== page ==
Fairfax New Zealand posted its first annual loss in four years as it wrote off than $100 million from the value of its mastheads and buildings and more than doubled its bill to pay out redundancies in 2016, all while resuming dividends to its Australian parent and lifting executive pay.

The Wellington-based unit of ASX-listed Fairfax Media Group reported a loss of $75.3m in the year ended June 30, 2016, turning around a profit of $21.9m a year earlier and marking the first time the books were in the red since 2012. The bottom line was weighed down by impairment charges of $106.8m as the publisher of the Dominion Post, Sunday Star-Time, Press and stuff.co.nz website wrote off $66.8m from the value of its mastheads, $26.3m from buildings, plant and equipment, and $4.7m from software and websites.

Redundancy costs also featured highly at $19.3m, up from $9.4m in 2015, and the media group's provisioning for future redundancy costs in the 2017 year was $3.2m as at June 30, compared to $4.8m at the end of the 2015 year. Key management salaries rose to $2.4m from $1.9m.

Fairfax Media's New Zealand division has been in a state of flux over the past year as it seeks to merge with rival publisher and radio station operator NZME in an effort to fend off what it sees as its biggest threat in Google and Facebook, who dominate online advertising. The prospect of that took a knock when the Commerce Commission ruled against such a deal in a draft decision over the concentration of power and influence under the umbrella of one publisher.


In trying to talk the regulator around, Fairfax and NZME have downplayed the size of likely job cuts among frontline reporters, with just 10 percent to 13 percent of between $136.5m and $218.7m in estimated savings over five years to come from "a reduction in duplicated journalist roles".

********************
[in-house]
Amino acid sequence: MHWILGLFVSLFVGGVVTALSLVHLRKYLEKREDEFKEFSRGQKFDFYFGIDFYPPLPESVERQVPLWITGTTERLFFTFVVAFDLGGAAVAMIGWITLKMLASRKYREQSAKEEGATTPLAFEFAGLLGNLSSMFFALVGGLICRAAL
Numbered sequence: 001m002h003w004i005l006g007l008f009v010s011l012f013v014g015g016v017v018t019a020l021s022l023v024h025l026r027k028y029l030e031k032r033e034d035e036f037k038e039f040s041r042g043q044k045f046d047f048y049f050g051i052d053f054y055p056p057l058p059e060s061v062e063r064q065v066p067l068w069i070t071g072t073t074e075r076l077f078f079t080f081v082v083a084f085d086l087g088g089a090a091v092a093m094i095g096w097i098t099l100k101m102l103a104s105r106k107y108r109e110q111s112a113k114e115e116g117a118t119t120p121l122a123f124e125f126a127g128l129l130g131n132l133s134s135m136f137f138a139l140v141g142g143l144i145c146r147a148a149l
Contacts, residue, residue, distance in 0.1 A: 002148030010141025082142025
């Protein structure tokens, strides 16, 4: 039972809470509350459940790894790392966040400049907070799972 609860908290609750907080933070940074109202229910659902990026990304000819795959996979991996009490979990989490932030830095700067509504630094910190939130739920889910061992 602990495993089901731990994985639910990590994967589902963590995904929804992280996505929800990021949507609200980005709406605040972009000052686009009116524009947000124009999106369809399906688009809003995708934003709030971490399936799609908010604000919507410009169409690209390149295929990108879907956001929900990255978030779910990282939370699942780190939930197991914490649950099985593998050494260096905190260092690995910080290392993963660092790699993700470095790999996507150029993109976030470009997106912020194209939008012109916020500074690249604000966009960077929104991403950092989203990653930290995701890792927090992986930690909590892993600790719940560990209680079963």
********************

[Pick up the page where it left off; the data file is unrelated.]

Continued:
Group chief executive Greg Hywood has said if the merger doesn't go ahead it will be "endgame" for the New Zealand assets, which Fairfax bought for $1.19 billion from Rupert Murdoch's Independent Newspapers Ltd in 2003, and the company has confirmed it received an unsolicited bid from a mystery buyer in a deal that's reported to have been between $100m and $120m.

Fairfax New Zealand resumed payments to its shareholder in 2016 with dividends of $31.4m paid in the year. It suspended them a year earlier when its Australian parent injected $76.5m when the local publisher rolled out a new model for its national newsrooms, dropping regional newspaper editors for regional editorial managers based in Auckland, Wellington and Christchurch to try and drive digital platforms, which it sees as replacing dwindling revenue from its traditional newspapers. The mastheads, which were once valued at $1.12b , are now valued at just $175.2m as at June 30, 2016.

When announcing the group's annual earnings in August, the New Zealand division posted underlying earnings before interest and tax of A$43.4m, compared with A$54.3m in 2015, on a 10 per cent fall in revenue to A$322.6m. At the time, Fairfax Media booked an A$981.8m write-down in the value of mastheads and other assets across Australia and New Zealand.

The New Zealand holding company's trading revenue fell 9 per cent to $351.5m in the 2016 financial year while trading expenses jumped 21 per cent to $430.6m. Stripping out depreciation, amortisation, redundancy costs, finance charges, and the impairment charge, expenses were down 8.5 per cent to $291.1m. That implies underlying earnings of $60.4m, down from $68m a year earlier.